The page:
With the nation’s economy in freefall, and millions of Americans struggling to make ends meet, Americans are facing an increasing number of unexpected expenses and challenges, according to a new report.
Many are coping with the devastating economic downturn by going without essential medical care and relying on the government’s Medicaid program for health care.
Now the federal government is warning that millions of families who depend on Medicaid may not be able to afford the medications they need, and could be left destitute and without medical care.
This is the report from the Institute of Medicine that provides a snapshot of how many Americans rely on Medicaid, the federal program that provides health insurance for the poor and disabled.
It’s based on a new analysis by the Institute, which found that millions are struggling to keep up with medical bills and that many are forced to go without medication as a result of their families’ financial hardships.
The report found that in a recent survey, 57 percent of the 2,200 respondents said they were experiencing some level of anxiety.
And of those who did not have a medical condition, almost half of them said they had been told that they could not afford the medicine they needed.
In addition, just 16 percent of Americans who were enrolled in Medicaid said that they had enough money to pay for their medications, according the report.
The Medicaid program covers the costs of prescription drugs and other medical care for people with disabilities and other low-income people.
The government says Medicaid is designed to help low- and moderate-income families afford the medication needed to help them manage their health care costs, including prescription drugs.
The program pays for about 90 percent of hospitalization costs for people who qualify.
It is also a key component of Medicaid’s expansion program for low-wage workers.
The institute found that more than one-third of Medicaid enrollees said they are struggling with their medical expenses and that nearly half have had to turn to other methods to pay the bills.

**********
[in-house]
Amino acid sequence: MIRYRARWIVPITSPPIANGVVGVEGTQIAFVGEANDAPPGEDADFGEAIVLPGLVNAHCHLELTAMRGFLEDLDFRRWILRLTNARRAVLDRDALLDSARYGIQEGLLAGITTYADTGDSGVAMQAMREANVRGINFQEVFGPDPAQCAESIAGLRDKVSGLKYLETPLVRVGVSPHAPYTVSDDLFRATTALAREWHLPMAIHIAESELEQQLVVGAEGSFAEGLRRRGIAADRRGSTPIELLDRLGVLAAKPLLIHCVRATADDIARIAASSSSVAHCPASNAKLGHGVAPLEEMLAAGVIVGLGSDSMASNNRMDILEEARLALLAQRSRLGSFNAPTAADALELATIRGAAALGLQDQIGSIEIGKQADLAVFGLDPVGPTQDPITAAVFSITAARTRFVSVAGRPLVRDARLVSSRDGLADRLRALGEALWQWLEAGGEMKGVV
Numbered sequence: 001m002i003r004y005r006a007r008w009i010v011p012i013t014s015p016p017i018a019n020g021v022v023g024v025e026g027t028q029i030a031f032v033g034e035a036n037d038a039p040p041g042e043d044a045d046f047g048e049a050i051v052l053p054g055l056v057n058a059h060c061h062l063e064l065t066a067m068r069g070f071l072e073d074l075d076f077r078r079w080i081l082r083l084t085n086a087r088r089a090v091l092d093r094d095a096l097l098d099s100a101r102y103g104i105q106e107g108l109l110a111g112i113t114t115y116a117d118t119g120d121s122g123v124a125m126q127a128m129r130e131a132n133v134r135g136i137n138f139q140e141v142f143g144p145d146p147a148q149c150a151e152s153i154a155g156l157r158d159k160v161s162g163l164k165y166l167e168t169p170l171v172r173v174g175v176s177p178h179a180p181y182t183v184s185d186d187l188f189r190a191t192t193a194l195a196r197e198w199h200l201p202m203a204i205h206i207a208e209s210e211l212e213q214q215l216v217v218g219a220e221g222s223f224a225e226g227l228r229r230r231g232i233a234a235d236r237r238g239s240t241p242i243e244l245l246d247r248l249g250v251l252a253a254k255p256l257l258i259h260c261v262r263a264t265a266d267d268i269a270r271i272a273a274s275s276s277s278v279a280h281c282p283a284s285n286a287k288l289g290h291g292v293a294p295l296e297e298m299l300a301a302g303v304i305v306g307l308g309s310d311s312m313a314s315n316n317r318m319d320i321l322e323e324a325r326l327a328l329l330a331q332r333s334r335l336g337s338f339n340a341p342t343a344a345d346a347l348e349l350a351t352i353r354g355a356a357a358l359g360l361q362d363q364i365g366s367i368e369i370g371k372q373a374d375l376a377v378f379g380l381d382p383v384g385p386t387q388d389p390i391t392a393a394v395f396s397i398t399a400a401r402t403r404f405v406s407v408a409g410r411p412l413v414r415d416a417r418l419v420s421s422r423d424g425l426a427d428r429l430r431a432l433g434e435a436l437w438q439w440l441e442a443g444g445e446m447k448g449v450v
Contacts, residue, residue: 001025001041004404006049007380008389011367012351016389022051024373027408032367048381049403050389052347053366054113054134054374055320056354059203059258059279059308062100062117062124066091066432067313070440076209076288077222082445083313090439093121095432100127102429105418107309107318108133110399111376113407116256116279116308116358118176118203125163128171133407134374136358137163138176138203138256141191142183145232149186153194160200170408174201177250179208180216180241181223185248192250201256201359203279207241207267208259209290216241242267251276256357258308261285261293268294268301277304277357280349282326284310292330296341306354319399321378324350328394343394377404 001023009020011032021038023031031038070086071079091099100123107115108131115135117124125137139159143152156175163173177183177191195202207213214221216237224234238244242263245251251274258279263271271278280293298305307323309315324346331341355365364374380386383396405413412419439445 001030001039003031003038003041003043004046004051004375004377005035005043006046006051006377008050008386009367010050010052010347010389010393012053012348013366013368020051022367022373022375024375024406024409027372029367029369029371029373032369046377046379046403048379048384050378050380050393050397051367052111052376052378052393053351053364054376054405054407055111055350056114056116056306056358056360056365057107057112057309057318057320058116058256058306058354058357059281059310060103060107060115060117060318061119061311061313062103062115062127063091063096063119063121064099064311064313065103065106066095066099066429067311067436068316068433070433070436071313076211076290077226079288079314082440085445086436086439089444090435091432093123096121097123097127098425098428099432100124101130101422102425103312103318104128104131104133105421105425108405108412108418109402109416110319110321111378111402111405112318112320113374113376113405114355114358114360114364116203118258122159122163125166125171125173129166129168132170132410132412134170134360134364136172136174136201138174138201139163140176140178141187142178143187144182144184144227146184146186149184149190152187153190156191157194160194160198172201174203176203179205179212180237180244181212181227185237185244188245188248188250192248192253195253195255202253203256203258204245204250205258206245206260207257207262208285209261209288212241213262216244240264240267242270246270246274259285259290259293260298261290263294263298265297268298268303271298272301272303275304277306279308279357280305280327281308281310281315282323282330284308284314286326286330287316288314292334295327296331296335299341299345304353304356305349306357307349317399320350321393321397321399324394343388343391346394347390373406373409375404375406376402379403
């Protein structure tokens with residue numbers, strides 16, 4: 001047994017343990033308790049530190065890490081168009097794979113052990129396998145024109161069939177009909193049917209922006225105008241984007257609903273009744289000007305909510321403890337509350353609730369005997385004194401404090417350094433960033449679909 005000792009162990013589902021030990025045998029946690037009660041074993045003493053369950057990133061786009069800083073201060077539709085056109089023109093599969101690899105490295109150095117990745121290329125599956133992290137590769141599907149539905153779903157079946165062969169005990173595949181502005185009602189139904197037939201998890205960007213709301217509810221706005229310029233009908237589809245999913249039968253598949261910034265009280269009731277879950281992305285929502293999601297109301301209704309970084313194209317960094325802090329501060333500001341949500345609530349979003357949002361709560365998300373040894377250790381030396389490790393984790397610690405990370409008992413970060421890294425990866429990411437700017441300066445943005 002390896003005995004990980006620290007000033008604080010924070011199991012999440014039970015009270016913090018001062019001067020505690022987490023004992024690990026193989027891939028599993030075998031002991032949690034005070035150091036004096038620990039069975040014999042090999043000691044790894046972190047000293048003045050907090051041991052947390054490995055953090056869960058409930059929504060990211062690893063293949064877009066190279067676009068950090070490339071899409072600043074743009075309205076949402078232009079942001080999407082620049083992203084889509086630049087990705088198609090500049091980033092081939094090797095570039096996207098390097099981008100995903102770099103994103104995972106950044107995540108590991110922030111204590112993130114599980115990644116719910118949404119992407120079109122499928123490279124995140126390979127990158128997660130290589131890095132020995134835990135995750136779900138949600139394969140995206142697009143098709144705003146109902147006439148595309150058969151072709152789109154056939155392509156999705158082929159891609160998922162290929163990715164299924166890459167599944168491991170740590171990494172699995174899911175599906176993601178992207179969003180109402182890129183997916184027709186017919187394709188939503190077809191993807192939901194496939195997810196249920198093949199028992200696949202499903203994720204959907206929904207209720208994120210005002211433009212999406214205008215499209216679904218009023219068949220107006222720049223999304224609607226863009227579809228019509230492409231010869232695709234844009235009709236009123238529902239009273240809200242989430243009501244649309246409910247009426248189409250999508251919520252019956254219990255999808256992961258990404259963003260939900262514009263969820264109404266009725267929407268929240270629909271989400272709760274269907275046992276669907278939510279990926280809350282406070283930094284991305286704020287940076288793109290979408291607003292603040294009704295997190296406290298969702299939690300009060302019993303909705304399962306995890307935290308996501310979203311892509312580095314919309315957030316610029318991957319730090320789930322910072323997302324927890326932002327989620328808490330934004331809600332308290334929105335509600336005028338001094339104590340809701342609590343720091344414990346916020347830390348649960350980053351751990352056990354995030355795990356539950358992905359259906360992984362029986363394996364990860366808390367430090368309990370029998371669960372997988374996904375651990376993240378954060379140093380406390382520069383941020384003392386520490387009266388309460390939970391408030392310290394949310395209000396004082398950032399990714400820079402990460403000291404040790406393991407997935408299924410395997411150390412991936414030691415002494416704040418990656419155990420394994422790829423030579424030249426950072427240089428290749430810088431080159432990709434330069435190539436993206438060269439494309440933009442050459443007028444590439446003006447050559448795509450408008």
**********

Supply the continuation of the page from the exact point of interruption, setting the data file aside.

But some are not being able to do so because they can’t afford the prescriptions.
Some are forced out of the program because of their health problems or because their insurance has lapsed.
Others, like the family of a 19-year-old Florida man who was forced to drop out of school and go into private practice because of a debilitating health condition, are struggling financially.
The family’s insurance did not cover his medication, so he had to use Medicaid to pay bills, according a statement from the Florida Department of Children and Families.
But he says he will not be taking advantage of the state’s expansion, because he will only be able take advantage of Medicaid if he has to pay $10,000 in annual premiums to get the medication.
That will cost him $5,200 a year, the family’s attorney, Robert N. Higgs, told the Miami Herald.
The teen’s attorney also said that the family is considering suing the federal agency that runs the program, which he said has “no idea” what is happening to the young man.
A federal appeals court recently ruled that the federal Medicaid program cannot be terminated because it is a government program, not a private one.
The federal government has been able to cancel the program due to budget cuts, but the administration has not explained why it has not done so.
In a statement, the Federal Medicaid Service, which oversees the program in 36 states and the District of Columbia, said the agency is working with states to ensure that the families in question are able to access necessary medication.
The service said that a review of the case shows that there is an appropriate, cost-effective alternative for all patients, and the decision to end Medicaid is not based on any bias against any individual or organization.
The agency said it will work with states, health care providers, and other stakeholders to ensure the program is fully available for families and individuals with serious medical conditions.
The issue of medical bills has been a big one for many Americans.
According to the latest national survey by the Kaiser Family Foundation, nearly 7 in 10 Americans said they paid bills that totaled more than $200 this year.
The number is nearly double the average amount paid for a year of Medicare or Medicaid in 2015.
And in the first quarter of this year, about 18 percent of all Americans said that their health insurance coverage had been canceled.
But experts say there are some people who have been left out of this mess because they cannot afford to pay their medical bills.
In the meantime, families are finding it increasingly difficult to afford medical care, especially if they have a long-term illness, said Amy Bowers, a spokesperson for the advocacy group Families USA.
The group has taken to Twitter to offer support for families who have found themselves in this situation.
For those who can’t get their medication in the meantime: https://t.co/ljNqfj2gvZ — Families USA (@familiesusa) January 25, 2019